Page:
A blog in the fight: Daniel Bruhl and Benedict Cumberbatch as Daniel Domscheit-Berg and Julian Assange, the driving force behind WikiLeaks. Image: www.entertainmentone.co.uk

This article first appeared in the 11 October 2013 issue of the New Statesman, Iran vs Israel

BBC/ ITV Cradle Ltd/Matt Squire
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Is Danny Baker a “bona fide genius”? Not in his new show

The clichéd decade: Cradle to Grave and Danny and the Human Zoo reviewed.

I’m not qualified to rule on whether or not Danny Baker is, as the newspapers insist, a “bona fide genius”; I gave up listening to the ever more blokeish BBC Radio 5 Live a while ago, and I’m too young to remember the supposedly fantastic pieces he delivered to the NME back in the day (I read that they were even more amazing than those of Tony Parsons, which is saying something, isn’t it?). But I can tell you this: his new autobiographical comedy series, Cradle to Grave (Thursdays, BBC2, 9pm), displays no evidence at all of his talents, brilliant or otherwise. Anecdotes that just peter out. Jokes that fail to hit home. Misplaced nostalgia. Honestly, what’s the point? If you want 1974 – and quite a lot of us seem to, if the performance of Jeremy Corbyn is anything to judge by – you’d be better off treating yourself to a box set of the eternally satisfying Whatever Happened to the Likely Lads?.

The series, co-written with Jeff Pope, is based on Baker’s memoir Going to Sea in a Sieve. It’s 1974, and Danny (Laurie Kynaston) is a randy teenager who still lives at home in good old Bermondsey with his ducking and diving docker dad, Fred, aka Spud (Peter Kay), his kindly mum, Bet (Lucy Speed), and his older sister, Sharon (Alice Sykes). A voice-over tells us, in effect, to forget all about the nasty old three-day week and to consider instead the warmth of lovely south-east London. How decent its people are, how eager to try out newfangled consumer goods such as the continental quilts Spud has pilfered and which now fill the hall of his tiny house like clouds. (Correct: he’s basically Del Boy, minus the Robin Reliant, the cocktail bar and, fatally, the workmanlike jokes.)

The denizens of Bermondsey are not, you understand, quite ready for the new world. In this part of London, bomb sites remain, merrily sprouting buddleia and pink willow herb; men are men and women are women. Spud is horrified to discover that his daughter’s new boyfriend wears – wait for it – white plimsolls, though not quite so horrified as Danny is to find a stranger’s ­penis flapping exuberantly against his cheek when he goes up west to see Hair (needless to say, our Danny was in search of naked girls, not sweaty blokes). If you find this kind of thing funny and (I can hardly bear to write the words) “heart-warming”, then you have seven weeks of bliss ahead. Who knows? Perhaps the characters will go on to debate the virtues of the various flavours of Old English Spangles. But I can’t believe that many people will be so easily pleased. Those who are old enough to remember the Seventies will know that the best of the decade’s own comedy was ten times more sophisticated than this, and those who aren’t – those who have never had anything other than a duvet on their bed, and can locate a naked female or even a flapping male member with just one tap of their mobile – will simply watch something altogether more grown-up on Netflix.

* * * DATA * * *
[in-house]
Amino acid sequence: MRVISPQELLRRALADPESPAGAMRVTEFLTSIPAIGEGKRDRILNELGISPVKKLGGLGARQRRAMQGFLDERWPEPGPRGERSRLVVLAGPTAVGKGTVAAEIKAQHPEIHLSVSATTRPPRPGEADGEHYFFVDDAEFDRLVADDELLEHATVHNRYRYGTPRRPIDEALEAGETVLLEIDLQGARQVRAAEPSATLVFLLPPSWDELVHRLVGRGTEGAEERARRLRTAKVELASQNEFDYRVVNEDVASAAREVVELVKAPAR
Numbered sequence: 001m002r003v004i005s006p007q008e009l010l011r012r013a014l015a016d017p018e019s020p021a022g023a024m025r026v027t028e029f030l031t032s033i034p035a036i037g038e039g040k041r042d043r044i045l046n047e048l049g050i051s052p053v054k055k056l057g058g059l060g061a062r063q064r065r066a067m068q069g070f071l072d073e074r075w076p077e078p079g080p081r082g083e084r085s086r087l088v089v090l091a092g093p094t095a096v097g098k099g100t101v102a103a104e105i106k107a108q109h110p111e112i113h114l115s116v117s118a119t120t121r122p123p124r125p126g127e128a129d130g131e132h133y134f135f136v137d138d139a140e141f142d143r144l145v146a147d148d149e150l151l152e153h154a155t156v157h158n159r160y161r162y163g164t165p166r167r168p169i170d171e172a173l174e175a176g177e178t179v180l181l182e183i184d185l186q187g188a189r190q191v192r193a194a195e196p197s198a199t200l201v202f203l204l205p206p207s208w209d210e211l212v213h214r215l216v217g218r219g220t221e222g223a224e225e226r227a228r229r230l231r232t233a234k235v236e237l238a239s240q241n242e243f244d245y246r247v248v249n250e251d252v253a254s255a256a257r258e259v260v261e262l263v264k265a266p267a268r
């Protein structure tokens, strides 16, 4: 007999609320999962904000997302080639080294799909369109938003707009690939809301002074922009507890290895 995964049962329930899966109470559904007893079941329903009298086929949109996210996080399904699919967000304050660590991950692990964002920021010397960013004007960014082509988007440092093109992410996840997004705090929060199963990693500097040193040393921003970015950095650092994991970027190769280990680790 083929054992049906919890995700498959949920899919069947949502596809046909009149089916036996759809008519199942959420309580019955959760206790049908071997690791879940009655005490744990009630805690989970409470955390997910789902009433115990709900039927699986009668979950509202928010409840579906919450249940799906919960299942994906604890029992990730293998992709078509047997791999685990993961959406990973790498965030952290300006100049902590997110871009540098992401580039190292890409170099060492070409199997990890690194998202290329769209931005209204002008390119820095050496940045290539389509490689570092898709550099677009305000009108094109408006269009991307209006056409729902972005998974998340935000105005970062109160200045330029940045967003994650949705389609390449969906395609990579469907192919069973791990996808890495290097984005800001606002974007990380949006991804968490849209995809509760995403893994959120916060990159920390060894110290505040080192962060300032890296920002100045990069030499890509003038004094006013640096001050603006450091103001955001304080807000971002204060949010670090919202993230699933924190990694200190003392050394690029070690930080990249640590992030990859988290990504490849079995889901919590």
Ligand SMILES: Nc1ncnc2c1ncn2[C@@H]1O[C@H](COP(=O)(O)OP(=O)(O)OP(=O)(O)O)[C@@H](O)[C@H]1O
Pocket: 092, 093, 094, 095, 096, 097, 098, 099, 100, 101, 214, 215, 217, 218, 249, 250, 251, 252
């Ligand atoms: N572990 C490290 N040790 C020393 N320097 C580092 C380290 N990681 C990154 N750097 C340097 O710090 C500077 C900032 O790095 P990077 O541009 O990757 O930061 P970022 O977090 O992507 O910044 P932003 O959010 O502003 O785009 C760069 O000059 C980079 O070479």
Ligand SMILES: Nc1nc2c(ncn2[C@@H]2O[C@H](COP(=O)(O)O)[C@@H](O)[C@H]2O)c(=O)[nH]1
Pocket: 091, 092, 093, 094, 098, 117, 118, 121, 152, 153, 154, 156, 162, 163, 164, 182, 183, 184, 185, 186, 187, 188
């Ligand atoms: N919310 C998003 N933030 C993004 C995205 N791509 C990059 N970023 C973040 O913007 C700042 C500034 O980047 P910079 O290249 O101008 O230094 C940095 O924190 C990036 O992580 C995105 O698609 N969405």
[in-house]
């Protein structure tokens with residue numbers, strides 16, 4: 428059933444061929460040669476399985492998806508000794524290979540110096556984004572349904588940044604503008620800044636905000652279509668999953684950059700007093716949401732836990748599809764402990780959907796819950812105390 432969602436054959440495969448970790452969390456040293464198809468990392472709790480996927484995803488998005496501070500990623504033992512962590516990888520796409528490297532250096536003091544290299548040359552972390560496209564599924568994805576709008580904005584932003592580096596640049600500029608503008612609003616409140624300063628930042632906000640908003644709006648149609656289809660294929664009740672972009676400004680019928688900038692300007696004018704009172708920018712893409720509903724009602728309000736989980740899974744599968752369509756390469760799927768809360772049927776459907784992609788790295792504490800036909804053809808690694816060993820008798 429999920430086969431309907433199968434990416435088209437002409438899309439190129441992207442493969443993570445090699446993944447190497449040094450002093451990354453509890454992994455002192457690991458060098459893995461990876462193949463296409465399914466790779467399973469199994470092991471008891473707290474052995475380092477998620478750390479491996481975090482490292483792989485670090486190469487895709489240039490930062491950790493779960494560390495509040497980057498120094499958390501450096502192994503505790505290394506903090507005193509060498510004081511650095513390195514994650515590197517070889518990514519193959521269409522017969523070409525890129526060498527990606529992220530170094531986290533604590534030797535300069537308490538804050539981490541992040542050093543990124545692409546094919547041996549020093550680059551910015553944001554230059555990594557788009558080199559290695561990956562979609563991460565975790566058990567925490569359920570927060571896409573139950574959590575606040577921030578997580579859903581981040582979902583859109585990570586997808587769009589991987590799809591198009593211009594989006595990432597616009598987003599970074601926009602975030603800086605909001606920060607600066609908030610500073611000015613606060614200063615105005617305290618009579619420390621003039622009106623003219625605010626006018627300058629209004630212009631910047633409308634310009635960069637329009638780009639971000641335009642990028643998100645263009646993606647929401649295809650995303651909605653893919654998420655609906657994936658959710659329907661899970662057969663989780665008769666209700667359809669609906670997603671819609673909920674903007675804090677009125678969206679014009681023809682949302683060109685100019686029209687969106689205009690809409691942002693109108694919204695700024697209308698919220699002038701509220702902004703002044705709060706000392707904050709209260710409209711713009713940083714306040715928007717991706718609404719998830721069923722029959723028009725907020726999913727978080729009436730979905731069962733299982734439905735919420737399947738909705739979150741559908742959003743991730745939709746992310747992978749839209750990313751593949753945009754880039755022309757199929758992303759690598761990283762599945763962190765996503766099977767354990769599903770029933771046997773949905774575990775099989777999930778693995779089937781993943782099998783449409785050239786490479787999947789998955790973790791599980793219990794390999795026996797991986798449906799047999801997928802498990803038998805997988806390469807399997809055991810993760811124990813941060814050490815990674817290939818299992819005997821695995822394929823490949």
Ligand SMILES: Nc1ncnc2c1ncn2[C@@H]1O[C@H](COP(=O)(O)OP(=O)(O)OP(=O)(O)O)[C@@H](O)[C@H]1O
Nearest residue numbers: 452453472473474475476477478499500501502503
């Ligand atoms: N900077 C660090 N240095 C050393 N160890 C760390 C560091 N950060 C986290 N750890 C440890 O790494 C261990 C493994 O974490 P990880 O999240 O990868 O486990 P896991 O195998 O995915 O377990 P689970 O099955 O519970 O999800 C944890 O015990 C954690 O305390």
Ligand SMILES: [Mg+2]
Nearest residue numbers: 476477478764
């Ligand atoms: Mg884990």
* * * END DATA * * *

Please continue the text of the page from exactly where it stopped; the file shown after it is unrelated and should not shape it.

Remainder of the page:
Kascion Franklin (centre) on BBC1. Photo: BBC/RED

Unfathomable BBC scheduling (is it having some kind of John Whittingdale-induced nervous breakdown?) treated us to two doses of 1974 as the summer limped to an end. The second loving spoonful came in the form of Danny and the Human Zoo (31 August, BBC1, 9pm), an almost-biopic drama in which Lenny Henry told the story of his painful start in comedy.

My TV critic colleagues have all been most respectful but, lovely as Kascion Franklin’s performance in the lead role was, I couldn’t altogether get with the show. Unlike Baker, Henry certainly wiped the Vaseline from the lens: his version of the Seventies was clear-eyed, particularly in the matter of racism. But his tendency as a writer is to tell rather than show, which becomes wearying, and the narrative he offered us – success on the New Faces talent show, followed by the self-loathing that came of joining the Black and White Minstrels – wasn’t exactly unfamiliar. An unscrupulous manager with bad hair; parents who think their son should get a “proper” job but are secretly oh-so-proud; Mud’s “Tiger Feet” and Alice Cooper’s “School’s Out” on the soundtrack: such TV clichés really should be illegal by now.

Rachel Cooke trained as a reporter on The Sunday Times. She is now a writer at The Observer. In the 2006 British Press Awards, she was named Interviewer of the Year.

This article first appeared in the 03 September 2015 issue of the New Statesman, Pope of the masses